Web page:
Louder Than Bombs may be the first foray into (fully) English-language features for Norwegian director Joachim Trier and his regular screenwriting partner Eskil Vogt, but it absolutely feels like a logical progression of their impressive prior collaboration, the sombre Oslo, August 31st. As a more expansive feature (narrative-wise) than the 2011 film, which centered on one day in the life of a recovering drug addict, Louder Than Bombs nonetheless maintains the same sense of intimacy, stylistic unobtrusiveness and proclivity for gradual exposition via subtle visual cues and loaded conversations, as well as a carefully balanced moody register that never veers into misery porn despite the grim themes on offer.
A death three years prior is the catalyst for the film’s various story strands. Famed war photographer Isabelle (Isabelle Huppert) died in a car crash while driving in Upstate New York late one night, the true nature of her death remaining something of a mystery to those most deeply affected by it, though they each seem set on their own reading of the event. For an upcoming New York Times profile ahead of an exhibition of her work, Isabelle’s former colleague and lover on the side Richard (David Strathairn) seems keen to put it out there that her death was motivated by suicidal inclinations. It’s an interpretation that Isabelle’s husband, Gene (Gabriel Byrne), shares, and he gives Richard his approval to include it in the piece.
The problem Gene faces is that he’s not brought up this version of events to his troubled teenage son, Conrad (Devin Druid), and wants to sit down and address the issue before the article goes to print; a difficult scenario when the boy, going through an awkward social outcast phase, will barely speak to him as is. Conrad himself has his own belief as to how his mother’s death occurred, something visualized — along with a few other interpretations — in a sequence of re-enactment set-pieces scattered throughout the narrative. The question that comes to the fore in the film is whether it really matters that they don’t know. Other people are, by and large, unknowable and unreadable, and that’s a hard fact of life to come to terms with; it can make us overly precious, jealous and even deceitful when it comes to our own memories of a loved one no longer with us, and the legacy they leave behind.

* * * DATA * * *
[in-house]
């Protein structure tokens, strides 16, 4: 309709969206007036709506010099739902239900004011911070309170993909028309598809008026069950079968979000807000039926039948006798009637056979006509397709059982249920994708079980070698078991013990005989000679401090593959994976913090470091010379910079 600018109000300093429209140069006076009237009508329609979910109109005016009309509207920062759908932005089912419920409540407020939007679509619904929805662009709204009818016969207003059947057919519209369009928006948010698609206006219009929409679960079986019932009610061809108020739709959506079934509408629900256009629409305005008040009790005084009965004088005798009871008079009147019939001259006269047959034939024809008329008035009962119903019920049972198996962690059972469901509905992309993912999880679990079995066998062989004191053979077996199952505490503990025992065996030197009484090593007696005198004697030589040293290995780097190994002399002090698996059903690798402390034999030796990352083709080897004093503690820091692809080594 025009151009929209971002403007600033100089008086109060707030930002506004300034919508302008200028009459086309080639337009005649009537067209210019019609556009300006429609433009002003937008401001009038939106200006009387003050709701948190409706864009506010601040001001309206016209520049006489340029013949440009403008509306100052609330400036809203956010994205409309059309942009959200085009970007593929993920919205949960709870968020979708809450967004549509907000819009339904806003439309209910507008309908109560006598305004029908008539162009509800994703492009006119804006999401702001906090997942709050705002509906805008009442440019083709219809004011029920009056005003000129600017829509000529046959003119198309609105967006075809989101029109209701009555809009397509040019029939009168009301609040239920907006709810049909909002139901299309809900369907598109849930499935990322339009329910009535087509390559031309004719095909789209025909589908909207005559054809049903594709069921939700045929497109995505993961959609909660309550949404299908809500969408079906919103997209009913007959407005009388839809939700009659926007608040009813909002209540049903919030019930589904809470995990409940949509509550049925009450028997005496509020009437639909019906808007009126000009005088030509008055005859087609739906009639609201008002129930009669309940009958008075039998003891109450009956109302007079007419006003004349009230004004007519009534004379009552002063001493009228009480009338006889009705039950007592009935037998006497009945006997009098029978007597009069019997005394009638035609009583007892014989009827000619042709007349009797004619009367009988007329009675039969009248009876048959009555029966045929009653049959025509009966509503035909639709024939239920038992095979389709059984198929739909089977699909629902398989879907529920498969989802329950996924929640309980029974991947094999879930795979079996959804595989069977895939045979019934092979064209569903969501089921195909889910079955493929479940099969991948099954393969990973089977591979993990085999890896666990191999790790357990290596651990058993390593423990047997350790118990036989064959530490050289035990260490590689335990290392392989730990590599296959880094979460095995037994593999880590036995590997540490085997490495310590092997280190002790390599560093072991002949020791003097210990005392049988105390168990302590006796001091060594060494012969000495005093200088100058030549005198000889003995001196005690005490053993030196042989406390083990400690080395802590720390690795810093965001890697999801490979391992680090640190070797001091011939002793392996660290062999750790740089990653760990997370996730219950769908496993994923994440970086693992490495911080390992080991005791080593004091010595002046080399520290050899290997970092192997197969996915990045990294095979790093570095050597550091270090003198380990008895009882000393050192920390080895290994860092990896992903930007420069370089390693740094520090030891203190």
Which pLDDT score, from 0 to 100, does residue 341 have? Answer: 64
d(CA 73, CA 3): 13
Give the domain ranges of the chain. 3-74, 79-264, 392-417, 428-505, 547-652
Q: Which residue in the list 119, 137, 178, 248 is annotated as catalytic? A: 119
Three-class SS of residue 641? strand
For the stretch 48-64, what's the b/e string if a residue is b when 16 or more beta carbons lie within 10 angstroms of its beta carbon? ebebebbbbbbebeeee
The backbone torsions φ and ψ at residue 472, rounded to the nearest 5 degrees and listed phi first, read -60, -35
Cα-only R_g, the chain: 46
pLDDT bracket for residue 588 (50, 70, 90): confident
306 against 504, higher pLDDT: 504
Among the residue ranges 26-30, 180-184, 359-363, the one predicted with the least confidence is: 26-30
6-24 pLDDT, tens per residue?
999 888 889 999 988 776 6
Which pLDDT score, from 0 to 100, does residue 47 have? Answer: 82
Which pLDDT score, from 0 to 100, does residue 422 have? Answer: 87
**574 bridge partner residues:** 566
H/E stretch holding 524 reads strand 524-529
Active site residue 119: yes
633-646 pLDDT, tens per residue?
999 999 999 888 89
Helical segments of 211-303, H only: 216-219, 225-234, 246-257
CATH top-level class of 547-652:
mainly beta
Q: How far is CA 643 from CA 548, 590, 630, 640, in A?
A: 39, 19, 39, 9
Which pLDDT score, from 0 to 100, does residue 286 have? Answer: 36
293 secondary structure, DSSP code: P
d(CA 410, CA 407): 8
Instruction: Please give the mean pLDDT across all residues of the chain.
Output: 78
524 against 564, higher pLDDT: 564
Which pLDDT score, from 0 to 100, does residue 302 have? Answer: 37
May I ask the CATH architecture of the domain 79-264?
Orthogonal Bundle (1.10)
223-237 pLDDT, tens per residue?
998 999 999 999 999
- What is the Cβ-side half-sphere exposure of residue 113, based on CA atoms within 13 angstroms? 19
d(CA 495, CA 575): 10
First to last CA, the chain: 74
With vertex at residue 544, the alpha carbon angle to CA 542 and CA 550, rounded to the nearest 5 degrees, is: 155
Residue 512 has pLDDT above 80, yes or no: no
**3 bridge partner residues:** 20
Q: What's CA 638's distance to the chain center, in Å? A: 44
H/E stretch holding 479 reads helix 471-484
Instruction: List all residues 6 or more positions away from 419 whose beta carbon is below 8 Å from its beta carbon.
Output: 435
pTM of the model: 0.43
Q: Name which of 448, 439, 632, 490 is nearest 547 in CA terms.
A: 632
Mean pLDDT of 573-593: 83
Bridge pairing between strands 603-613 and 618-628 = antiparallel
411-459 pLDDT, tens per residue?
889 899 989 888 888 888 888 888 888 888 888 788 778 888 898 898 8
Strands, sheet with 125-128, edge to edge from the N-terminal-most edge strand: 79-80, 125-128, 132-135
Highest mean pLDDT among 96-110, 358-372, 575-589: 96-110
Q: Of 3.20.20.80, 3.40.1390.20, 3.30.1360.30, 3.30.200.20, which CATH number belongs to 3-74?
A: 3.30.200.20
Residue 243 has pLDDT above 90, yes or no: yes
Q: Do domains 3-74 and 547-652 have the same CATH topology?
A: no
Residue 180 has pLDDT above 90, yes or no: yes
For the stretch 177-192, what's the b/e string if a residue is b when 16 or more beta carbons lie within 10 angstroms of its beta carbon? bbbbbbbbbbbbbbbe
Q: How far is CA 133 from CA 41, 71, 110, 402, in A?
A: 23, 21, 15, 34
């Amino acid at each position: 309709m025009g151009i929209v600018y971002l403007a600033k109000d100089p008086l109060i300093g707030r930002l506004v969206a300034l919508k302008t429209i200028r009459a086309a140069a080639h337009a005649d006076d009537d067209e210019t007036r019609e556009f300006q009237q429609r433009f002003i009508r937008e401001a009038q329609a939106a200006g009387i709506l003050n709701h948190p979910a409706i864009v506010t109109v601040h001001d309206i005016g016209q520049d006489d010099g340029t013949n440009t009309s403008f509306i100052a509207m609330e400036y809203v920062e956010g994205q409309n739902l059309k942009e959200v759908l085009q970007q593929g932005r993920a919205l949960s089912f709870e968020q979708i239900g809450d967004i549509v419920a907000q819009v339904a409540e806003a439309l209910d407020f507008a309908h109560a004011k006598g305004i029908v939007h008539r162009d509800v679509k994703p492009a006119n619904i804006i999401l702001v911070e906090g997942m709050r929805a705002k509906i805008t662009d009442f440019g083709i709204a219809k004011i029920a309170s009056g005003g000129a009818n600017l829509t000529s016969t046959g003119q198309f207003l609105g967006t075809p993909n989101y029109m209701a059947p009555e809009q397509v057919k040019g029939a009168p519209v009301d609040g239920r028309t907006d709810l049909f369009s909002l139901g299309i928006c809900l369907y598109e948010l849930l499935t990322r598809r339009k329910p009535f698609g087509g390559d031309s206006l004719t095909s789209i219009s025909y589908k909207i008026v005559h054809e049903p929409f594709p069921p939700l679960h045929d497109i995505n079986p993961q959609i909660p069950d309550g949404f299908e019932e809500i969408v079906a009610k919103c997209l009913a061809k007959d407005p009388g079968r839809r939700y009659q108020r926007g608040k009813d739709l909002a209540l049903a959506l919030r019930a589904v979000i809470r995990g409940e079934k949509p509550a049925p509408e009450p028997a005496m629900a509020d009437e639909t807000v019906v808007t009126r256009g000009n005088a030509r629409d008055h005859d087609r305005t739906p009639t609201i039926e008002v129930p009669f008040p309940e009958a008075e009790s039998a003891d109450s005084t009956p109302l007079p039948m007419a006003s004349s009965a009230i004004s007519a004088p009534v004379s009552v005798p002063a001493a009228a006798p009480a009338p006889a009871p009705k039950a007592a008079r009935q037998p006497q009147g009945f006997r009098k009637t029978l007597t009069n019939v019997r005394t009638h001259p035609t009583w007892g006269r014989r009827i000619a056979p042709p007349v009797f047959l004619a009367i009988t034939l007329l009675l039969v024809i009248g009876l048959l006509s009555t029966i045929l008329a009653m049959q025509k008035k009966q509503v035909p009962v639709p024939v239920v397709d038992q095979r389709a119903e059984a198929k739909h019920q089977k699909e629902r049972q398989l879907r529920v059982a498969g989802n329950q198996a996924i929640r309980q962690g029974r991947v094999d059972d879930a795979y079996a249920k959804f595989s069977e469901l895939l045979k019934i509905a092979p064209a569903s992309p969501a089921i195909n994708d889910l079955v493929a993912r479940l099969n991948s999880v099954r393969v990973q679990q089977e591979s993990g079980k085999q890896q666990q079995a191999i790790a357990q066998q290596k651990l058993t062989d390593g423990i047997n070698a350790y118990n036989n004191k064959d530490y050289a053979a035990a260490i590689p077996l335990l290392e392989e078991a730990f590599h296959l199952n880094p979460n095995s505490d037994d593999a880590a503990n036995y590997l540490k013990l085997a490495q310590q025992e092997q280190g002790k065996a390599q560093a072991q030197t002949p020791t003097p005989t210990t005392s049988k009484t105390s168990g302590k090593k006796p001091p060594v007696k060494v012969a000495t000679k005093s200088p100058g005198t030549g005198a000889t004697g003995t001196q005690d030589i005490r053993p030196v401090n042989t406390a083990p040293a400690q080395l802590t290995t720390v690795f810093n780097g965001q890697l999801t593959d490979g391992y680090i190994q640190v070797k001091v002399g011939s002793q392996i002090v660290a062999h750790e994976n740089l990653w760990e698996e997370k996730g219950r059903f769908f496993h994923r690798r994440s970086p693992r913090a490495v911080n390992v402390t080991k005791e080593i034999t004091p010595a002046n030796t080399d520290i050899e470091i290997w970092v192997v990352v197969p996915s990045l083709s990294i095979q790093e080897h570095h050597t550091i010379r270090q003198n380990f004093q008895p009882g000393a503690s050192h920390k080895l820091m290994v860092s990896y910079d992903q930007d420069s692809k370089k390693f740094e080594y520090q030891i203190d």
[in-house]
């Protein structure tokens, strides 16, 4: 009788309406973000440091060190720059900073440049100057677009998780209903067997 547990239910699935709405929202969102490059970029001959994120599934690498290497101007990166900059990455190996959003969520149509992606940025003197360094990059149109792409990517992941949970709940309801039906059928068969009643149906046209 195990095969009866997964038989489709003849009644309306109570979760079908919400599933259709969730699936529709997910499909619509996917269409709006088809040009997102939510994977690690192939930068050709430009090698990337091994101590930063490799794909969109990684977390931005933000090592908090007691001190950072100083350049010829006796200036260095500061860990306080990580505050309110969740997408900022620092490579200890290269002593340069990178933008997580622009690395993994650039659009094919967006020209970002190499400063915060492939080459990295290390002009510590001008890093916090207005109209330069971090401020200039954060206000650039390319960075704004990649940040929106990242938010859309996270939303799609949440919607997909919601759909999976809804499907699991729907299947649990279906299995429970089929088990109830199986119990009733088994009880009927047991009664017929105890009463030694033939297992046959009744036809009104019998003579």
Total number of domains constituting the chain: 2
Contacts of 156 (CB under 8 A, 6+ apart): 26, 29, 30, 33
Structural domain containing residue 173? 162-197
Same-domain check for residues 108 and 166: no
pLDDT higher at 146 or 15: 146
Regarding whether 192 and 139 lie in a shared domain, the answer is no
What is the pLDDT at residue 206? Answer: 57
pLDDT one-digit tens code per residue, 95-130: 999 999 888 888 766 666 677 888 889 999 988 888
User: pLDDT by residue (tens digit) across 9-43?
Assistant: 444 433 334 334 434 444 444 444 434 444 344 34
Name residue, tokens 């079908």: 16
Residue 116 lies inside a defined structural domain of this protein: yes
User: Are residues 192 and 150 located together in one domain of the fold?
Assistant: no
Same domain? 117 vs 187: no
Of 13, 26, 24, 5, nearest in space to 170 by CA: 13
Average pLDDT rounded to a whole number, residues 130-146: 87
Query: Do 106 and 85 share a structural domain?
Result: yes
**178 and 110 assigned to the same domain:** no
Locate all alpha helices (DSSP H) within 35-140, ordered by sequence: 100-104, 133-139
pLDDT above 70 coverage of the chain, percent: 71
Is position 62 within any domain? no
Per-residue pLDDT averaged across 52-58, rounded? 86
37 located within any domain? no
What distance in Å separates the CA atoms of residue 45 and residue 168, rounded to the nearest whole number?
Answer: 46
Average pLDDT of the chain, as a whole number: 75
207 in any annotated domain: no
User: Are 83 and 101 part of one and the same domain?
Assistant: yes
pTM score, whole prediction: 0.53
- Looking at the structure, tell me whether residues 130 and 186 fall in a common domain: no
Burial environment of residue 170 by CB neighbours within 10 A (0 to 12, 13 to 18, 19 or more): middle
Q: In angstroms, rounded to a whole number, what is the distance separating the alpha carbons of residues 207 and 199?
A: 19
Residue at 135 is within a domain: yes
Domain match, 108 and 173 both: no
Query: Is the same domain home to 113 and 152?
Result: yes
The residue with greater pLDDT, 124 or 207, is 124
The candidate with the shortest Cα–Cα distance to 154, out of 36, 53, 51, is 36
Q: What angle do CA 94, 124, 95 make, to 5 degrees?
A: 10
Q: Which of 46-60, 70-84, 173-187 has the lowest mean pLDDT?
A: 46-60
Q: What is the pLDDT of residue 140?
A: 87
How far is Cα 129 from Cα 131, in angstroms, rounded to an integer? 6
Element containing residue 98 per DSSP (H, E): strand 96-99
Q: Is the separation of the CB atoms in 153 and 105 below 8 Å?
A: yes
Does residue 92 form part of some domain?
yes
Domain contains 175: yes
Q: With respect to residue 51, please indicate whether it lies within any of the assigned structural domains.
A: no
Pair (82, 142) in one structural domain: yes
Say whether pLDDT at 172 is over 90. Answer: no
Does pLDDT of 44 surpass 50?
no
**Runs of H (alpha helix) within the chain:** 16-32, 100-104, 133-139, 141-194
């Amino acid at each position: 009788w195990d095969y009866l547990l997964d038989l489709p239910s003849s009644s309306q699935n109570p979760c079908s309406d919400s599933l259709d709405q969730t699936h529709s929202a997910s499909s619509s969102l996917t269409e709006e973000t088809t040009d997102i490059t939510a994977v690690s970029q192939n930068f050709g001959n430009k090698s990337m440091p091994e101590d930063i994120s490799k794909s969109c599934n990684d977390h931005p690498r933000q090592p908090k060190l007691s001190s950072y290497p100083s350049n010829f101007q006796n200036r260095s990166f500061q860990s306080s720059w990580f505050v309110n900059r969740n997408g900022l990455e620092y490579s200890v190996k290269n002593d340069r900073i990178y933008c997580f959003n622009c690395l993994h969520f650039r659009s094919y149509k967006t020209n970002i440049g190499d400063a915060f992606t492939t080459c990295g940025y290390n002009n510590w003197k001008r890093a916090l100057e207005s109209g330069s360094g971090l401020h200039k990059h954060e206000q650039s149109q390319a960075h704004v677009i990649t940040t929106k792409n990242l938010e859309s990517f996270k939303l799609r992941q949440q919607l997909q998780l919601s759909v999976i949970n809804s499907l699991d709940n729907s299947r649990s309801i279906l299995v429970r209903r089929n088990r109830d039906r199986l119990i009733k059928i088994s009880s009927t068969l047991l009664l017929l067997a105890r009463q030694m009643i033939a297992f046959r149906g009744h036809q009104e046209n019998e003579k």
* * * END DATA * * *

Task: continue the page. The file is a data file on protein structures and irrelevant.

As to where eldest son Jonah (Jesse Eisenberg) stands, his perception of his mother’s death is closer to that of his father’s, though he is considerably against Conrad being subjected to the reveal. As the film opens, on a celestial shot of a new-born instinctively clasping the hand of a parent, Jonah is in a hospital where his wife (Megan Ketch) has just given birth to their first child. While exploring the building to fetch his wife food, he runs into his ex-girlfriend, Erin (Rachel Brosnahan, a beautiful scene-stealer), whose own mother is succumbing to cancer just a few corridors away; the universe gives just as it takes away.
Initially appearing as the more level-headed of the two sons, Jonah’s visit home to help with sorting through his mother’s files for the exhibition also acts as an escape from the prospect of fatherhood that terrifies him, so much so that he ends up sleeping with Erin to rekindle old feelings and intimacy free of the same kinds of responsibility. Even this fleeting, clandestine encounter cannot help but be informed by the past. There’s not just the fact that these two are old flames, but also that the hypocritical Jonah has recently erased evidence of his mother’s own adultery so as to preserve the saintly aura she left behind, all while covering his own cheating tracks and lying to his wife over the phone about why he hasn’t actually left his father’s place and driven back home that night.
Additionally, in one of the film’s welcome moments of levity, it’s revealed that the sex at Erin’s place may have been assisted by the “ghost” of her own lost loved one: “Wait, did we just have sex with your mother’s condoms?” That’s certainly one way to keep someone close to you; a humorous moment in a palpably empathetic, humanist work.
Josh Slater-Williams (@jslaterwilliams) is a freelance writer based in England. Alongside writing for Vague Visages, he is a regular contributor to independent British magazine The Skinny and has written for Little White Lies magazine, VODzilla.co, The Film Stage, and PopOptiq.